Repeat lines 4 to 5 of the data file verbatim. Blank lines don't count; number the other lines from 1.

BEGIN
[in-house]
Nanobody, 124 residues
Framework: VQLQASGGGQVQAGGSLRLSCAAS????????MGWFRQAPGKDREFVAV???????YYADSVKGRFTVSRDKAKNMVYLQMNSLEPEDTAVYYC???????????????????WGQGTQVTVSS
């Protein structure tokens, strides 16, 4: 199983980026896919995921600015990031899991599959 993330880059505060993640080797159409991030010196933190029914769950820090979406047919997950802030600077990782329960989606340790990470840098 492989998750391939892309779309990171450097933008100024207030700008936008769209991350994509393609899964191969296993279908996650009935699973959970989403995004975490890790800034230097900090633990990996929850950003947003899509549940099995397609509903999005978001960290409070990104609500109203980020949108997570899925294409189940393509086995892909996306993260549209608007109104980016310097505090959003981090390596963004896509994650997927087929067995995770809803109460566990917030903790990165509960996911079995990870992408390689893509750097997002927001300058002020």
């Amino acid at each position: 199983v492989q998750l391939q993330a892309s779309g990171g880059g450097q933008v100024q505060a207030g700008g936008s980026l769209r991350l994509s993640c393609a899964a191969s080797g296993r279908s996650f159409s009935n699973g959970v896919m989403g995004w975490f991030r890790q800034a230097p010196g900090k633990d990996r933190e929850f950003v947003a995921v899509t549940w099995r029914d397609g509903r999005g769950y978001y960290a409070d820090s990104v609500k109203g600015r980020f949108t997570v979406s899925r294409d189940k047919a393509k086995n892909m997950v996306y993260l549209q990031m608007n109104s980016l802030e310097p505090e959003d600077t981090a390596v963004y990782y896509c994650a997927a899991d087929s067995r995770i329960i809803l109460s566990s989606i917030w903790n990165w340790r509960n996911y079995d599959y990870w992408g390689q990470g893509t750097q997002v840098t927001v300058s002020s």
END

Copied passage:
């Protein structure tokens, strides 16, 4: 199983980026896919995921600015990031899991599959 993330880059505060993640080797159409991030010196933190029914769950820090979406047919997950802030600077990782329960989606340790990470840098 492989998750391939892309779309990171450097933008100024207030700008936008769209991350994509393609899964191969296993279908996650009935699973959970989403995004975490890790800034230097900090633990990996929850950003947003899509549940099995397609509903999005978001960290409070990104609500109203980020949108997570899925294409189940393509086995892909996306993260549209608007109104980016310097505090959003981090390596963004896509994650997927087929067995995770809803109460566990917030903790990165509960996911079995990870992408390689893509750097997002927001300058002020």
């Amino acid at each position: 199983v492989q998750l391939q993330a892309s779309g990171g880059g450097q933008v100024q505060a207030g700008g936008s980026l769209r991350l994509s993640c393609a899964a191969s080797g296993r279908s996650f159409s009935n699973g959970v896919m989403g995004w975490f991030r890790q800034a230097p010196g900090k633990d990996r933190e929850f950003v947003a995921v899509t549940w099995r029914d397609g509903r999005g769950y978001y960290a409070d820090s990104v609500k109203g600015r980020f949108t997570v979406s899925r294409d189940k047919a393509k086995n892909m997950v996306y993260l549209q990031m608007n109104s980016l802030e310097p505090e959003d600077t981090a390596v963004y990782y896509c994650a997927a899991d087929s067995r995770i329960i809803l109460s566990s989606i917030w903790n990165w340790r509960n996911y079995d599959y990870w992408g390689q990470g893509t750097q997002v840098t927001v300058s002020s």